Ferroportin disease (formally known as HC type 4a) is due to loss of function mutations in the SLC40A1 gene that encodes for the iron exporter ferroportin. FD is more common than non-HFE-related HC due to GOF mutations in SLC40A1. FD is usually asymptomatic without any complications or hepatic iron overload in the future. This disease is characterized by elevated serum ferritin but normal values and / or low transferrin saturation and a tendency to anemia in patients who have been given phlebotomy. Iron overload occurs in macrophages of the reticuloendothelial system of the spleen and liver, but not in hepatocytes. The course of this disease is rather benign nature.


Hereditary Hyperferritinemias

Ferritin is the protein responsible for the storage and intracellular distribution of iron. It consists of two subunits called L-ferritin and H-ferritin. The synthesis of these subunits is controlled by regulatory proteins called Iron-regulatory proteins (IRPs) that bind to a regulatory element called iron-responsive element (IRE) present in the 5’UTR of mRNA of each of these two subunits.


In 1995 the Hereditary Hyperferritinemia Cataract Syndrome (HHCS) (OMIM # 600886) was first described. It is characterized by elevated levels of serum ferritin without iron overload, congenital cataracts and autosomal dominant inheritance. Excessive production of ferritin is due to mutations in the regulatory element called Iron-responsive element (IRE) light chain gene-ferritin L (FTL). Ferritin excess accumulates in the lens which leads to the development of cataracts. The degree of affectation varies even between individuals with the same mutation. A correct genetic diagnosis of this disease is important, as it is often confused with hereditary hemochromatosis due to the high levels of serum ferritin present in both diseases.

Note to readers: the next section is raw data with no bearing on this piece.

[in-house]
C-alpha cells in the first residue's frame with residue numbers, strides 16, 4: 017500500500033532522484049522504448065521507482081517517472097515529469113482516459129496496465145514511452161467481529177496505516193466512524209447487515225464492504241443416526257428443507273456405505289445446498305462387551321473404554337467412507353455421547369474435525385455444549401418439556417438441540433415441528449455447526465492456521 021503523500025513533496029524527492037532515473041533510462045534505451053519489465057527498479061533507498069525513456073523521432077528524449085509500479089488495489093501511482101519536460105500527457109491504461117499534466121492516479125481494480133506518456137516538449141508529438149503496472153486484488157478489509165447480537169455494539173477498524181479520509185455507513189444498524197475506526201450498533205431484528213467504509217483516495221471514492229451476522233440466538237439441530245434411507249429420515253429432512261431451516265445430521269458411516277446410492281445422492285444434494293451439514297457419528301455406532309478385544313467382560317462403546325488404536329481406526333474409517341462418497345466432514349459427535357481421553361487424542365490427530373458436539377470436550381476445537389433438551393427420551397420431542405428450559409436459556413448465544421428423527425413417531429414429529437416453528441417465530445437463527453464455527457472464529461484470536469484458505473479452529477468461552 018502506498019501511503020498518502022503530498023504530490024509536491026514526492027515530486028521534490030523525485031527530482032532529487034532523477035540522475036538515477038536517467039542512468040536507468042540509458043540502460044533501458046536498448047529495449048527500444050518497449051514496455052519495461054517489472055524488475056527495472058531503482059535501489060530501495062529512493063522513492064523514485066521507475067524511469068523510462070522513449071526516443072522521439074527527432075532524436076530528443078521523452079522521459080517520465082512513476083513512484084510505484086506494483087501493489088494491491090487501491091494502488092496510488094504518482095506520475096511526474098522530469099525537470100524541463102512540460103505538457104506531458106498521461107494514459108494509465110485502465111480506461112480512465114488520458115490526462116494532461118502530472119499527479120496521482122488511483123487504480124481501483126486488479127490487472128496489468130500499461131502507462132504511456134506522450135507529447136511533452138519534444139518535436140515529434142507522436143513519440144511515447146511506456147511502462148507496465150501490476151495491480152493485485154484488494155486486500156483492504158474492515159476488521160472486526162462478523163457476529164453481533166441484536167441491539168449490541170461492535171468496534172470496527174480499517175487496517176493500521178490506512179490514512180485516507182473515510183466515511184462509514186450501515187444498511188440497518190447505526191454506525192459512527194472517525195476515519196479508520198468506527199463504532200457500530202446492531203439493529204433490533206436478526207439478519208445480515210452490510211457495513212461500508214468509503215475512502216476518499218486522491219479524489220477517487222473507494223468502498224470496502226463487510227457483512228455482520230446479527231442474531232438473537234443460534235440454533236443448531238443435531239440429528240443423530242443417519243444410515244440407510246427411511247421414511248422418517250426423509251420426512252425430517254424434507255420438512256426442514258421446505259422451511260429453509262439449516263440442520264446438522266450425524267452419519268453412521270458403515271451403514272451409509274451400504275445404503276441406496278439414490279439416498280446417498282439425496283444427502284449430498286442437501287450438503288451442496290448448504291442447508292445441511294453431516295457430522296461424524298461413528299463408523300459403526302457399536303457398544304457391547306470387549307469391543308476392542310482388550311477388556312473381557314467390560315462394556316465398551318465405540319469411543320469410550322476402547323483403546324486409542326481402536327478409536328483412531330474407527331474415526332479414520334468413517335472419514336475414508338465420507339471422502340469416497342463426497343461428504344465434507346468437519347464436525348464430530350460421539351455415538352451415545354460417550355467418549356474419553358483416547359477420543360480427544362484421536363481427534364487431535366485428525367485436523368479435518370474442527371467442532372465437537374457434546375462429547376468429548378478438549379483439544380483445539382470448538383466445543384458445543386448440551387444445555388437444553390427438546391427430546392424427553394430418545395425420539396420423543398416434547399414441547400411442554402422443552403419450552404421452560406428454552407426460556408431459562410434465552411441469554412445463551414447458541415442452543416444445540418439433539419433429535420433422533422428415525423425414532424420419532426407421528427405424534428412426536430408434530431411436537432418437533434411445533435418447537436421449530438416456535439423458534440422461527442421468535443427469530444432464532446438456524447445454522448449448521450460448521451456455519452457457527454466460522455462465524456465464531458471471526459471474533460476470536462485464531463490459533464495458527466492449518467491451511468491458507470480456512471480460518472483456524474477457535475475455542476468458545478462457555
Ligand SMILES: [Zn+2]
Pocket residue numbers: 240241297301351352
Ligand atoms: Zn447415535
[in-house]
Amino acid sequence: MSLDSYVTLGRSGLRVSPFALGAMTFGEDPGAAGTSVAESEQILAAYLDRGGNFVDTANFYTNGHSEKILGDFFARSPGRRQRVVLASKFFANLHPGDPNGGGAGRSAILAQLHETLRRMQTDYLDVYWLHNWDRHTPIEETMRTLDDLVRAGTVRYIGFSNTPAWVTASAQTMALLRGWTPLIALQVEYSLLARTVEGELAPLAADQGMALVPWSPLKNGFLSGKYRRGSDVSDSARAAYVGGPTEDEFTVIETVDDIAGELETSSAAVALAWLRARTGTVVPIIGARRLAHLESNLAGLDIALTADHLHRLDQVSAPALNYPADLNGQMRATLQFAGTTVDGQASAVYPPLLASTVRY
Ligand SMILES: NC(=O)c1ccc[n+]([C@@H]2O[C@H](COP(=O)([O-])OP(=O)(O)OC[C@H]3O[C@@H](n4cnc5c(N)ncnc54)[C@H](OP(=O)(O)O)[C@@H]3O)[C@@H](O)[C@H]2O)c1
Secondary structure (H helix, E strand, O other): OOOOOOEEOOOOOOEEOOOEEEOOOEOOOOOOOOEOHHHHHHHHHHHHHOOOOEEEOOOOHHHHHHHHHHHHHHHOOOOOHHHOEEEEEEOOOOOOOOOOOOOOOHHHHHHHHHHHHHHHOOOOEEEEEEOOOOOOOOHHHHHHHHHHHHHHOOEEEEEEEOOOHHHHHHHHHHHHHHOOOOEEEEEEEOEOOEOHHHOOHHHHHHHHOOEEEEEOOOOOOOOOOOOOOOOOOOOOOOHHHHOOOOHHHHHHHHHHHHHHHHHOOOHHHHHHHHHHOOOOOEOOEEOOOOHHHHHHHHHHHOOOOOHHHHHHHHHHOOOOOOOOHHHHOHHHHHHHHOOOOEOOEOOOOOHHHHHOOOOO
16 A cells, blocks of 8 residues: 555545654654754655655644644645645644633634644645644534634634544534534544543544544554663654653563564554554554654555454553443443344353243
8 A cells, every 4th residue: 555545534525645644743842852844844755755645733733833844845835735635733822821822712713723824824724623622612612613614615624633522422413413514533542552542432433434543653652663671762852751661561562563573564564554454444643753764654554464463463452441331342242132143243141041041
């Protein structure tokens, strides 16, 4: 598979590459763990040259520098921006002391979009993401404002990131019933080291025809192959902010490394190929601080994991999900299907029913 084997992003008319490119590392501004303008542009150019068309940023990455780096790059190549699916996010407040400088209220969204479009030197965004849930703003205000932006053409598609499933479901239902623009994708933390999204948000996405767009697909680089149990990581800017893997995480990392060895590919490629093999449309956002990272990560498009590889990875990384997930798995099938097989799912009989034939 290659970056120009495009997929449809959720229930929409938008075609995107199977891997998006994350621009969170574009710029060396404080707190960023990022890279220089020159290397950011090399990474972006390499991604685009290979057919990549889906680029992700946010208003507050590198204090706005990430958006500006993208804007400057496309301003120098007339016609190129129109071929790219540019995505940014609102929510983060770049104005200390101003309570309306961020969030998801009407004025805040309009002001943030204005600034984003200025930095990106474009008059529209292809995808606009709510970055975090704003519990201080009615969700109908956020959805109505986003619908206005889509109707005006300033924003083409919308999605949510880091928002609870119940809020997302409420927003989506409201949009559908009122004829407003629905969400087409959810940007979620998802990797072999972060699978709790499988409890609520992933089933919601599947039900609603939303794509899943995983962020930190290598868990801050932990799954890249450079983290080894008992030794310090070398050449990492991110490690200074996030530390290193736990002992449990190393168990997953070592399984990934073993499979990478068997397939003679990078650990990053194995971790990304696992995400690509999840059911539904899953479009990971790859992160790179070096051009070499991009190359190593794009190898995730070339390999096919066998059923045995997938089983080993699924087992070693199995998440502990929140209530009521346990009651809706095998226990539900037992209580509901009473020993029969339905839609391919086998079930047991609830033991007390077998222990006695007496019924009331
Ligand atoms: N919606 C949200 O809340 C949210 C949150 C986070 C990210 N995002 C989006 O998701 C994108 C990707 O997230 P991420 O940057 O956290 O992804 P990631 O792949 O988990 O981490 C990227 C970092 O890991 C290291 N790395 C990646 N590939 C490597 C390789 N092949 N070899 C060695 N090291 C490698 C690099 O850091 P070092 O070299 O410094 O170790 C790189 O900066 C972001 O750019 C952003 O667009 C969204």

The overproduction of serum ferritin may also be due to mutations in the coding sequence of the gene for L-ferritin. In 2009 Kannengiesser and colleagues described a new form of genetic hyperferritinemia, known as benign hyperferritinemia without iron overload, with dominant inheritance (Kannengiesser C, et al. Haematologica. 2009).